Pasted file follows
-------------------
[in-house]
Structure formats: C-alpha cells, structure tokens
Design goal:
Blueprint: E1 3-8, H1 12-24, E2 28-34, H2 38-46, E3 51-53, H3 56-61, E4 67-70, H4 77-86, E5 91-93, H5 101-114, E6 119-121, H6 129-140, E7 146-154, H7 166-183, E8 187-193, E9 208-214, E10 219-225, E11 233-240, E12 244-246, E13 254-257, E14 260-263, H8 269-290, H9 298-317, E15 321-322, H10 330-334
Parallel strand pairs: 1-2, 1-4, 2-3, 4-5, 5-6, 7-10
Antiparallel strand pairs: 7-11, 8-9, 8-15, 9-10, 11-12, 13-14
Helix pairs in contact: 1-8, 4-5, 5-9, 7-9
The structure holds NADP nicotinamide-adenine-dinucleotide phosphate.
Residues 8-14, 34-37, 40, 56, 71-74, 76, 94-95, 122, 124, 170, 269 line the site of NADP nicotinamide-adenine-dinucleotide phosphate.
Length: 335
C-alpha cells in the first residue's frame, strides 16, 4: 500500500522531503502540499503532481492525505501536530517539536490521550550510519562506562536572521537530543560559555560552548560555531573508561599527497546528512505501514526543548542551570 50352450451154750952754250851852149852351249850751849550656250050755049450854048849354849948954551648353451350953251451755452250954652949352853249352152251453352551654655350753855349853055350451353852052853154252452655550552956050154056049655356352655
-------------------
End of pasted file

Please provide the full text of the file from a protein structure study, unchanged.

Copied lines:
[in-house]
Structure formats: C-alpha cells, structure tokens
Design goal:
Blueprint: E1 3-8, H1 12-24, E2 28-34, H2 38-46, E3 51-53, H3 56-61, E4 67-70, H4 77-86, E5 91-93, H5 101-114, E6 119-121, H6 129-140, E7 146-154, H7 166-183, E8 187-193, E9 208-214, E10 219-225, E11 233-240, E12 244-246, E13 254-257, E14 260-263, H8 269-290, H9 298-317, E15 321-322, H10 330-334
Parallel strand pairs: 1-2, 1-4, 2-3, 4-5, 5-6, 7-10
Antiparallel strand pairs: 7-11, 8-9, 8-15, 9-10, 11-12, 13-14
Helix pairs in contact: 1-8, 4-5, 5-9, 7-9
The structure holds NADP nicotinamide-adenine-dinucleotide phosphate.
Residues 8-14, 34-37, 40, 56, 71-74, 76, 94-95, 122, 124, 170, 269 line the site of NADP nicotinamide-adenine-dinucleotide phosphate.
Length: 335
C-alpha cells in the first residue's frame, strides 16, 4: 500500500522531503502540499503532481492525505501536530517539536490521550550510519562506562536572521537530543560559555560552548560555531573508561599527497546528512505501514526543548542551570 50352450451154750952754250851852149852351249850751849550656250050755049450854048849354849948954551648353451350953251451755452250954652949352853249352152251453352551654655350753855349853055350451353852052853154252452655550552956050154056049655356352655